A Hyundai Tucson left San Francisco this morning, heading to Los Angeles in the first leg of a cross-country trip. But this trip is no family vacation; the Tucson will be picking up handprints from children as it makes stops at pediatric cancer facilities. And the car will not burn any gasoline in its travels, as its fuel cell stack converts hydrogen into electricity for its drive motor.
Hyundai's Hope on Wheels tour is designed to raise awareness of pediatric cancer, and present 71 hospitals with $100,000 grants to fund researchers. Childhood cancer patients and survivors will add their handprints to the Tucson at each stop.
The tour is timed to coincide with National Childhood Cancer Awareness Month, and will cover 15 states. It winds up in New York at the end of September. Hyundai has been running the Hope on Wheels program since 1998, and raised $43 million for cancer research.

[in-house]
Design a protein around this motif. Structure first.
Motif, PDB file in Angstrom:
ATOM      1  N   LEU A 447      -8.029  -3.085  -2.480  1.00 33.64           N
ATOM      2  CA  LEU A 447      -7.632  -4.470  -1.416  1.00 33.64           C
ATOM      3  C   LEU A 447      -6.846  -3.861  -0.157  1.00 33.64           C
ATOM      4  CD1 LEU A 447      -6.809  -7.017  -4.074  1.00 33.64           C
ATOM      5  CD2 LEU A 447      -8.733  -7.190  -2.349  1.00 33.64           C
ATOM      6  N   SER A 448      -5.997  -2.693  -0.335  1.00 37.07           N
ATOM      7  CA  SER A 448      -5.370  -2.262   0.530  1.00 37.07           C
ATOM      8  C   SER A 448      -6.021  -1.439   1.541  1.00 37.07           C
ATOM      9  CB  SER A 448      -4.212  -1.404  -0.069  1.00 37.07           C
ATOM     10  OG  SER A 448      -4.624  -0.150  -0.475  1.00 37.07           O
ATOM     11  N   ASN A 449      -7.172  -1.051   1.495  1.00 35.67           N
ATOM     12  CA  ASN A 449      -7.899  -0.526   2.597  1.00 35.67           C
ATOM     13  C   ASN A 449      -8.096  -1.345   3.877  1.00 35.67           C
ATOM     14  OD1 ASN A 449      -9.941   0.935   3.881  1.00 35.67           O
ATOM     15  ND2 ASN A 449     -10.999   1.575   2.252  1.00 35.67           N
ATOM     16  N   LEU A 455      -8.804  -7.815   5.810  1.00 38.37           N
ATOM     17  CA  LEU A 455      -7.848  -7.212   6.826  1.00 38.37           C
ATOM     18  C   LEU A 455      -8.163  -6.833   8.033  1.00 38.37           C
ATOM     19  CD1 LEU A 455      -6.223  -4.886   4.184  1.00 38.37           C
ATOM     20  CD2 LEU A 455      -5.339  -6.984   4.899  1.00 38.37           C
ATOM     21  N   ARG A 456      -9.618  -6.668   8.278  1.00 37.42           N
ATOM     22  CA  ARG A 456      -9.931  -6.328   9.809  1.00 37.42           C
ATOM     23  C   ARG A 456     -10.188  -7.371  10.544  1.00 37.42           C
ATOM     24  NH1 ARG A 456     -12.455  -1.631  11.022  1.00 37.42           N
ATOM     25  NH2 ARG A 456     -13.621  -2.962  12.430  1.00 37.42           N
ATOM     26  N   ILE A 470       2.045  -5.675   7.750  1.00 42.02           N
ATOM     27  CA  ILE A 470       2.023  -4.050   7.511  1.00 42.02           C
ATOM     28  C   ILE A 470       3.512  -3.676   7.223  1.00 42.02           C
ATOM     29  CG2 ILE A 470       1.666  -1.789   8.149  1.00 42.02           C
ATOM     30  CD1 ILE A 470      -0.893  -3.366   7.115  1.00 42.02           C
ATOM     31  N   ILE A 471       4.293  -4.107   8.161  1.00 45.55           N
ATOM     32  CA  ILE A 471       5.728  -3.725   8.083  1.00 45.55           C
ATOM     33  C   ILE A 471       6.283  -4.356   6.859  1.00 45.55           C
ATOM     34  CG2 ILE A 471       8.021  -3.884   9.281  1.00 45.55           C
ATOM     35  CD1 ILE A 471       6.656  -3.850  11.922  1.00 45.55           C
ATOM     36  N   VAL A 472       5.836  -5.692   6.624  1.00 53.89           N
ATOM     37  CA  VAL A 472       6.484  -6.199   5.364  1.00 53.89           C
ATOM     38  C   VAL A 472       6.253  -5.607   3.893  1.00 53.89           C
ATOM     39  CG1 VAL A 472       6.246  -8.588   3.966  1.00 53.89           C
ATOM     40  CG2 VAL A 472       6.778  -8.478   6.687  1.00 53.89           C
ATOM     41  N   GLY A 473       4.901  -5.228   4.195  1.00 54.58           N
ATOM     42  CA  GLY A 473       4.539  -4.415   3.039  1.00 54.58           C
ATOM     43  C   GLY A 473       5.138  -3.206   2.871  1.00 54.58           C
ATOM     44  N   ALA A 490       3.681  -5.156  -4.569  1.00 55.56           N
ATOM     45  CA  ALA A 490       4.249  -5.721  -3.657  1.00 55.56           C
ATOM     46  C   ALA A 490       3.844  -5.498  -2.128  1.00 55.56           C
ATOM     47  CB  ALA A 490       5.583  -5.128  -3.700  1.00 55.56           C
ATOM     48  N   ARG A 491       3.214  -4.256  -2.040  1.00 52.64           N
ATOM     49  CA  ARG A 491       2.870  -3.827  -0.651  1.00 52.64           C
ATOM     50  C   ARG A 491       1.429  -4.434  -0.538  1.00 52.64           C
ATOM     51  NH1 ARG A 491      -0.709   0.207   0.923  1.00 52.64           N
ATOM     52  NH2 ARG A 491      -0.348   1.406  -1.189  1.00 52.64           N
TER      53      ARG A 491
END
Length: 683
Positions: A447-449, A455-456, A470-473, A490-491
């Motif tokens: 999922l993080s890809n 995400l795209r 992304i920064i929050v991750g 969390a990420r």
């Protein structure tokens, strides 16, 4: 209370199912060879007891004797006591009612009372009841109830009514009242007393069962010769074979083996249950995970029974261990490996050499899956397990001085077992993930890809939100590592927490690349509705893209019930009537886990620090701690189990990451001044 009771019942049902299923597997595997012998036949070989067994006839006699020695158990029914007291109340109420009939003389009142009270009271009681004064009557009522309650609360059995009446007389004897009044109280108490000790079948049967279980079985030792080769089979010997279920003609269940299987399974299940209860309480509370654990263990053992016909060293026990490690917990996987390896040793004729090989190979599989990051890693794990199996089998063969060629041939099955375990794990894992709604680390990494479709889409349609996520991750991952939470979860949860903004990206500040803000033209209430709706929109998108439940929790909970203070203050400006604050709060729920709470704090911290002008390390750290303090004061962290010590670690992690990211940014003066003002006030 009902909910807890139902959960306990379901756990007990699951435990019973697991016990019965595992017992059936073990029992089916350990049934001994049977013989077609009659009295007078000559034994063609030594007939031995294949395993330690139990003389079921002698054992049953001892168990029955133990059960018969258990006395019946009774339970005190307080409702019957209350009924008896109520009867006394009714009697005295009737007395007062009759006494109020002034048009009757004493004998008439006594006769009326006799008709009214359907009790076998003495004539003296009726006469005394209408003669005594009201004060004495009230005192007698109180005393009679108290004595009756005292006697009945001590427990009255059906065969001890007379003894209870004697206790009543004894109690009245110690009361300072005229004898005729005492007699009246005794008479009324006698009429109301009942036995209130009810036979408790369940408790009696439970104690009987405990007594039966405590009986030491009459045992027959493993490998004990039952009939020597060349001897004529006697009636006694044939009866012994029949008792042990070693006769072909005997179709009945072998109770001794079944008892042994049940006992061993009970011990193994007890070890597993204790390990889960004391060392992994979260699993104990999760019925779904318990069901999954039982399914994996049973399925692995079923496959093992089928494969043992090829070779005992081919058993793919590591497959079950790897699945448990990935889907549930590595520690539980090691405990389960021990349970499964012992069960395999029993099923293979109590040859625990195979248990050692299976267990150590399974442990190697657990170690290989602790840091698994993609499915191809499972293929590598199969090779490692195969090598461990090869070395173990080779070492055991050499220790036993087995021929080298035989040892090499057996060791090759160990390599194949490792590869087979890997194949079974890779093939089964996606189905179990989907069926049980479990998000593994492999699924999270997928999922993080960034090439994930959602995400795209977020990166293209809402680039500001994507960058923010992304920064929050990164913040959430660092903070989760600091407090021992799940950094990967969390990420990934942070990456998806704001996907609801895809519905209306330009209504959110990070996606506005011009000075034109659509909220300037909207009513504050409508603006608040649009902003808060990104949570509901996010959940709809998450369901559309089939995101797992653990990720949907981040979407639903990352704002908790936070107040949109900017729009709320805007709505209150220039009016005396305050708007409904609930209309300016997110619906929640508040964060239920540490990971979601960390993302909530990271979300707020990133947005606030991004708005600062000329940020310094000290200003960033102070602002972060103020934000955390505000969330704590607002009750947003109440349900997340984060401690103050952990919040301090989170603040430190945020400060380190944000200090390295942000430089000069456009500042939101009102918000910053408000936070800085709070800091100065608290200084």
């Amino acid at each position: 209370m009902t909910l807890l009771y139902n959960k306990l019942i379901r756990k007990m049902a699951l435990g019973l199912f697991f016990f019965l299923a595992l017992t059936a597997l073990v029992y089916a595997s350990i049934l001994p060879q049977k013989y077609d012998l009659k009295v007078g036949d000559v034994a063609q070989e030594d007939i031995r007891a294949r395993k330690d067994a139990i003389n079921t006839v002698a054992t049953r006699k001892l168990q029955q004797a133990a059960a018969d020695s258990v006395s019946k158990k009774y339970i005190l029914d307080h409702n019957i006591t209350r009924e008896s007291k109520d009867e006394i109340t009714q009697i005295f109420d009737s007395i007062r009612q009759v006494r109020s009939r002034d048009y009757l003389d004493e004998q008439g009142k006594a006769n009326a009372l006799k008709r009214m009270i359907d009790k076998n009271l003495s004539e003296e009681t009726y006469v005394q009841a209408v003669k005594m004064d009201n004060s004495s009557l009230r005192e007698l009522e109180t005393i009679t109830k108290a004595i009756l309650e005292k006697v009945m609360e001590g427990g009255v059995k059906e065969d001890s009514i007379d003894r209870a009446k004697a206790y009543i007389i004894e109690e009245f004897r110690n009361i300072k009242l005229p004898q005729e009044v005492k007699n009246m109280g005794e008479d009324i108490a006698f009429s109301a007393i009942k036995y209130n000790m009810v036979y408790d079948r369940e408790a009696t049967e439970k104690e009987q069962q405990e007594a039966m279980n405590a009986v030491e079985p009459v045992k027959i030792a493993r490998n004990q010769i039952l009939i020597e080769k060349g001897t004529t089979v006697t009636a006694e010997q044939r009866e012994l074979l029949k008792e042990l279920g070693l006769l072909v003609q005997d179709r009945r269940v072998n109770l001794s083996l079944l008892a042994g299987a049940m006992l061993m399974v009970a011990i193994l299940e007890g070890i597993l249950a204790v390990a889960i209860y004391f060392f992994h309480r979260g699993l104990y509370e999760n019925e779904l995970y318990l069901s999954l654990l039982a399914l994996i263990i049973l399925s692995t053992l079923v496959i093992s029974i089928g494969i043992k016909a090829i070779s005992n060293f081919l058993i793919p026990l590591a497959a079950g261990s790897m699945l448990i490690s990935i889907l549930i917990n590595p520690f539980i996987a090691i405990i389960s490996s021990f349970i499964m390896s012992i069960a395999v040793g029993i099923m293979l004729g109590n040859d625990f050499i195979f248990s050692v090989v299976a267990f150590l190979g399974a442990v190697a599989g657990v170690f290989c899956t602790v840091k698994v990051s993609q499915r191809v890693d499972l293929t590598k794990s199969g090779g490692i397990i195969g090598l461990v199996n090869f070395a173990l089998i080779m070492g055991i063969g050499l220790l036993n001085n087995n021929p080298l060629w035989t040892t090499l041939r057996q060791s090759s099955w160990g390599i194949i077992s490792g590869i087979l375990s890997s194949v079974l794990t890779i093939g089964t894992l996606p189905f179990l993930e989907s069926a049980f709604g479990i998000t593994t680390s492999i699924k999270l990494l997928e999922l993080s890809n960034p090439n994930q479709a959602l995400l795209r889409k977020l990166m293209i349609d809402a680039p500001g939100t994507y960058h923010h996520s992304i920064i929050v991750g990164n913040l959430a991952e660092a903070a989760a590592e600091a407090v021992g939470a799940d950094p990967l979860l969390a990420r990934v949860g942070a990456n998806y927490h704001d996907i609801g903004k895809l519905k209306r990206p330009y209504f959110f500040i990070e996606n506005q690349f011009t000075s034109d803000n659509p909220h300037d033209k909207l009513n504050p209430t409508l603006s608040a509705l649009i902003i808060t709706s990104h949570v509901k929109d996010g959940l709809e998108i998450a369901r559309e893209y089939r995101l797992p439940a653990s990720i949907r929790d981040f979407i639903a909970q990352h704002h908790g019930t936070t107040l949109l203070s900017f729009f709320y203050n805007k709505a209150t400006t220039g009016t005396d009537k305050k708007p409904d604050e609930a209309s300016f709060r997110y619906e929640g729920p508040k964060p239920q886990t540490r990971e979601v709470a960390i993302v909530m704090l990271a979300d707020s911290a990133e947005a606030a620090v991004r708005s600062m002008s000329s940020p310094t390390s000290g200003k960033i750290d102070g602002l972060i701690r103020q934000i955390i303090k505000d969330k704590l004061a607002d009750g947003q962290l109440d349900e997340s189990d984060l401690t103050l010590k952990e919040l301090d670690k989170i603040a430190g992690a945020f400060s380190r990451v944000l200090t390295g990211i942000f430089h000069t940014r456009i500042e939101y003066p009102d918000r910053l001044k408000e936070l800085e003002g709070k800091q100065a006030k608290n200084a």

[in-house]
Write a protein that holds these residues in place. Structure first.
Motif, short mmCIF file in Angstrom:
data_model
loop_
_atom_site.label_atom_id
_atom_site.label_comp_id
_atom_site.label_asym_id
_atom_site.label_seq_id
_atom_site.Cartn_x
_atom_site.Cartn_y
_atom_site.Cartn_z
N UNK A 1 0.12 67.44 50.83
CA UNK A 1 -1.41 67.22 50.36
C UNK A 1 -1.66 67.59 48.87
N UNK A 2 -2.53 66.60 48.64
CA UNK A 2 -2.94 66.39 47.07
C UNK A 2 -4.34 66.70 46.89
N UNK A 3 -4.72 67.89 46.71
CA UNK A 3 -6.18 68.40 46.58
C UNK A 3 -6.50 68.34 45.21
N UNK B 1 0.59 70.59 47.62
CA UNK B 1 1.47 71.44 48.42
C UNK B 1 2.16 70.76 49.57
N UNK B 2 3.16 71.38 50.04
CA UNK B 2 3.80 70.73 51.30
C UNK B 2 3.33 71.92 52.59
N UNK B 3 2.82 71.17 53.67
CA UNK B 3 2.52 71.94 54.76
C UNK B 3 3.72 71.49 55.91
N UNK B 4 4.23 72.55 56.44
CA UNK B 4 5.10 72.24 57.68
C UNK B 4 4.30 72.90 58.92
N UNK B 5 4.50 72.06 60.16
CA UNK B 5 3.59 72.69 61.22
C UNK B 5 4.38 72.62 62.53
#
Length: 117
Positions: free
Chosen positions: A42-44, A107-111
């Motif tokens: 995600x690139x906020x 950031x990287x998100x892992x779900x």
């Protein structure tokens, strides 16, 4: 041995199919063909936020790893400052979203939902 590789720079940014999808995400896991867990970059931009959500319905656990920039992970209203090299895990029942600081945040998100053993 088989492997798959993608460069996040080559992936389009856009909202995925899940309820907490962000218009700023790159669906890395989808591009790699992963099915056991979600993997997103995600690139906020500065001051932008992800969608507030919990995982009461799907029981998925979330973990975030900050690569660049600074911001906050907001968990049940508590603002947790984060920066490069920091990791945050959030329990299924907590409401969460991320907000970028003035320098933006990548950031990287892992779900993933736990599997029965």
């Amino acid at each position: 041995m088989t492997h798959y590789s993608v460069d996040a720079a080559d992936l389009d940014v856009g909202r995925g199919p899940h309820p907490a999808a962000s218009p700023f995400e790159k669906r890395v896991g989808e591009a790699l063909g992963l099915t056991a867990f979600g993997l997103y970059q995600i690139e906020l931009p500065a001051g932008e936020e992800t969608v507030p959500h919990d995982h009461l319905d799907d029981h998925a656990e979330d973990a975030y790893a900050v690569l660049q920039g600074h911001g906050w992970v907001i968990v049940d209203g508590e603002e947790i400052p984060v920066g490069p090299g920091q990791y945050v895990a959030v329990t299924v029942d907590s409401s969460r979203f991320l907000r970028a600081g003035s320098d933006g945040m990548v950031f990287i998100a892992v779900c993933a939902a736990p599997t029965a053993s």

Driving the Tucson Fuel Cell Electric Vehicle (FCEV) will be Zafar Brooks, Hyundai's director of Corporate Social Responsibility, and Joe Foster, the Drive 4 Hope field leader.
The vehicle being used for the tour represents the third generation of Hyundai's fuel cell technology. It holds two 10,000 PSI hydrogen tanks, giving it a range of 400 miles per fill-up. Hyundai planned the tour to take advantage of hydrogen filling stations along the way, but also has had to ship hydrogen filling apparatus to members of its dealer network to make up for the current lack of infrastructure.
Hyundai has built 48 examples of this third-generation Tucson FCEV for research. Its 100-kilowatt motor gets electricity from the hydrogen-fed fuel cells and gives it a top speed of 100 mph. The drive system also uses regenerative braking and a lithium polymer battery pack to store excess electricity.
Hyundai Senior Fuel Cell Engineer Joshua Mermelstein says this current generation of fuel cell stack, built in-house by Hyundai, is designed to achieve 5,000 hours of operation, equivalent to about 100,000 miles of driving.
You can follow the tour at the Hyundai Drive 4 Hope Web site.